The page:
About South Orange
South Orange Village, also called South Orange, township, Essex county, northeastern New Jersey, west of Newark. South Orange is a residential community featuring authentic Tudor, Colonial, and Victorian homes, streets dotted with gaslights, public parks, and a busy Village Town Hall center.
The South Orange Downtown is a growing community filled with a wide range of businesses who each offer a distinctive experience. Food lovers can treat themselves to cuisine from all over the world. Retailers offer personalized shopping experiences and educational classes where you can learn anything from playing an instrument to learning a new skill like cooking. Experience the South Orange Performing Arts Center (SOPAC), watch a movie at the cinema or attend a free community event.
The history of the town dates to 1666, when Connecticut settlers landed on the shores of the Passaic River. The group purchased land now known as Newark, from the Lenni Lenape Indians on July 11, 1666. Settling families wanting to farm moved west into South Orange and the surrounding areas. In 1678, the Lenapes sold the settlers a second parcel of land running from the East Branch of the Rahway River to the mountain top. South Orange Avenue (an Indian trail) served as the main thoroughfare.
The advent of the railroad established South Orange as a suburb of Newark and a summer resort. Once the railroad was constructed through to Hoboken in 1868, the Village began its rapid transformation from a settlement of farms and mills to a polished residential railroad suburb of the New York Metro Area. Swamps were drained, roads were constructed, and gas lines were laid with sewers and running water to be added later.
Street lamps in the town’s center burned sperm oil until gas service became available. The transition of South Orange from vast farm lands to a prestigious residential community is due in large part to the vision of one man, New York attorney John Gorham Vose. Taken with the rich mountain scenery, he purchased a home on Scotland Road in 1858. In 1862, he began to buy large plots of land to begin his conversion. As building got underway, Villagers took great interest in the development of each magnificent home. In just a few years, 175 acres between Scotland Road and Center Street were complete. Vose christened the area Montrose. Other successful businessmen, Turrell, Kingman, Connett, Mead, Speir, and Mayhew, also bought farms, shaped out roads, and helped change the community into what it is today.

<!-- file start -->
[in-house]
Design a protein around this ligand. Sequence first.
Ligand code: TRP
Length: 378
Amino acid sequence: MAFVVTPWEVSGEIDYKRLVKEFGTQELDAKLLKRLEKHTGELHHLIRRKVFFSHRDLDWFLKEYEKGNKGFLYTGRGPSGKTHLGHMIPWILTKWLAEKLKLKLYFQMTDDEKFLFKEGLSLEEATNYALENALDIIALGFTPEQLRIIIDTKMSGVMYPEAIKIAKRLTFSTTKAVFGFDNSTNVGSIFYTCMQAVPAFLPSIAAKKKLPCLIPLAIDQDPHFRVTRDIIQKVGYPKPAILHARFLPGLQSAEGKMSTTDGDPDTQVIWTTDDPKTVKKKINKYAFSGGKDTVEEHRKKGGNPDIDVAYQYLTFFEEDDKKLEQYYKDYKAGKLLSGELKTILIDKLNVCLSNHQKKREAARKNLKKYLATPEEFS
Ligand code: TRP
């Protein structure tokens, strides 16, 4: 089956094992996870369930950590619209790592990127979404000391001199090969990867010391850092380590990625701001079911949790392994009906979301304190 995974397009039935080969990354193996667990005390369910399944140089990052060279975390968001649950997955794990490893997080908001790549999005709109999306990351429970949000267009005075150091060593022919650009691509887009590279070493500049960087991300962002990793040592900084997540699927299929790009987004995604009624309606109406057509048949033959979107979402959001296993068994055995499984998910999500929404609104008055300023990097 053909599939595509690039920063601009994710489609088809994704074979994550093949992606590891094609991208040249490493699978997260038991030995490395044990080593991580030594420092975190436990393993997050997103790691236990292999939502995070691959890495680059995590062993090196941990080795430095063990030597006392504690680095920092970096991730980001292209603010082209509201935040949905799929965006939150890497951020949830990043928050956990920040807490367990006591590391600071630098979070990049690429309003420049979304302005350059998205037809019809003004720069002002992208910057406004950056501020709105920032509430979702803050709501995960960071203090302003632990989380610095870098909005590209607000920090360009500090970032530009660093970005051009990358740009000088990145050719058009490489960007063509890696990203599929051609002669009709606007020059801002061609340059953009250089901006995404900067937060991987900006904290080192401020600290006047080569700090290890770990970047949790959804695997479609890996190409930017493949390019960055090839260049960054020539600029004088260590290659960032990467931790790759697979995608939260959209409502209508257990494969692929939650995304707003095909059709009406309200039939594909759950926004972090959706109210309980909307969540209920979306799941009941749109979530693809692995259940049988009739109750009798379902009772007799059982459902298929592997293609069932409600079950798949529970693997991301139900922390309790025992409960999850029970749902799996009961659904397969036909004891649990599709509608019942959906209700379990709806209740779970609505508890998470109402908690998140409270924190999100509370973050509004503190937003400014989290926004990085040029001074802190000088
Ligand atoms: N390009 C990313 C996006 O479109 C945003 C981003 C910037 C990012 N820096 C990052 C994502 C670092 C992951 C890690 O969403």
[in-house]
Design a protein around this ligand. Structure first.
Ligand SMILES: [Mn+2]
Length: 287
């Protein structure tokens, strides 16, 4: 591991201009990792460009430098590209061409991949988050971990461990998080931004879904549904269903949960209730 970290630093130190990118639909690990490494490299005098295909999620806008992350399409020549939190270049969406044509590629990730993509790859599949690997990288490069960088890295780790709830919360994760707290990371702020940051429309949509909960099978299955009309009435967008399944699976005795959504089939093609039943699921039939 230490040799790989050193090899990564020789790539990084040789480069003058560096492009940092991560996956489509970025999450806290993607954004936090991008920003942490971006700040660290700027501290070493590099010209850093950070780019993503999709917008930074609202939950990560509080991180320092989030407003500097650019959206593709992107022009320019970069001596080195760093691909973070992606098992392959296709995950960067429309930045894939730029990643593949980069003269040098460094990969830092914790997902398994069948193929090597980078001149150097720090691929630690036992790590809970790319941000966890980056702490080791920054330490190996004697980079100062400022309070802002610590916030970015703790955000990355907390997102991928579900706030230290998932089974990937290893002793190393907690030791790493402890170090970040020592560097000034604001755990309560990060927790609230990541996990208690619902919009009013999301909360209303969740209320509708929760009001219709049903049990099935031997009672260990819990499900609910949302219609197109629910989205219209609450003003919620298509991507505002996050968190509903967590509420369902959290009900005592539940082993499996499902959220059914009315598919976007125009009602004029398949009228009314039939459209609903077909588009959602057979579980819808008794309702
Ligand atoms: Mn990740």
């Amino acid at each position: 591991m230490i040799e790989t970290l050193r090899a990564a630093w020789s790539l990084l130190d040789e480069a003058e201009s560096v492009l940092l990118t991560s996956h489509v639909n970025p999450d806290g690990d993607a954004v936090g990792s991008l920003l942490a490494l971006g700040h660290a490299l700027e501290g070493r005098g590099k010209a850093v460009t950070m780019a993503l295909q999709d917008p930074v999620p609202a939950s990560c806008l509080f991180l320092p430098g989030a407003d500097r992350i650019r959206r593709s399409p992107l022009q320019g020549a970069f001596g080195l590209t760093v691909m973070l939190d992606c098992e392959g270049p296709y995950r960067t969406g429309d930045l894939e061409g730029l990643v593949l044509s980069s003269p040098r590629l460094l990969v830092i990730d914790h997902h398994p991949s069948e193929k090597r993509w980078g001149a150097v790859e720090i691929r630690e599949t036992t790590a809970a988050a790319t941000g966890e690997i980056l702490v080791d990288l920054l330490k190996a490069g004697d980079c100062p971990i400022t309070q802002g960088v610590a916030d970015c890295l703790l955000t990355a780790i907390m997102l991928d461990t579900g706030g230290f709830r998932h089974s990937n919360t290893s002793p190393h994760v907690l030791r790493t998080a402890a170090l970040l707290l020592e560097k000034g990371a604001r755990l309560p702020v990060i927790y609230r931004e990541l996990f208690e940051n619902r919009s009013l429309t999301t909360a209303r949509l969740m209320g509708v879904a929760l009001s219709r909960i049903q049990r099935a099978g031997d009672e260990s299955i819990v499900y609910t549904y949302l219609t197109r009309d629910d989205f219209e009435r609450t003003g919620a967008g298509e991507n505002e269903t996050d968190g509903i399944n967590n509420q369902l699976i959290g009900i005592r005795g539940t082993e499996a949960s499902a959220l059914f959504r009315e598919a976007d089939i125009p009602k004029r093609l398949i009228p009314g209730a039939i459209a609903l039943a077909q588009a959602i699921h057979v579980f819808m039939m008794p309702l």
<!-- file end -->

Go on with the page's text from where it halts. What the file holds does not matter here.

South Orange was part of Newark until 1806, when what is now the Oranges and Maplewood were set off as “Orange Township.” The name Orange came into use in the second half of the 18th century, and was officially adopted by a meeting of the inhabitants in 1780. The name South Orange first appeared in print in a newspaper ad in 1793 in “Wood’s Gazette.” It replaced such old names as Chestnut Hill and the Mountain Plantation. The creation of the South Orange Township by an act of the New Jersey Legislature in 1861, led to the granting of the Village Charter in 1869. In November, 1977, South Orange voters passed a new Charter for South Orange and changed its name to The Township of South Orange Village.
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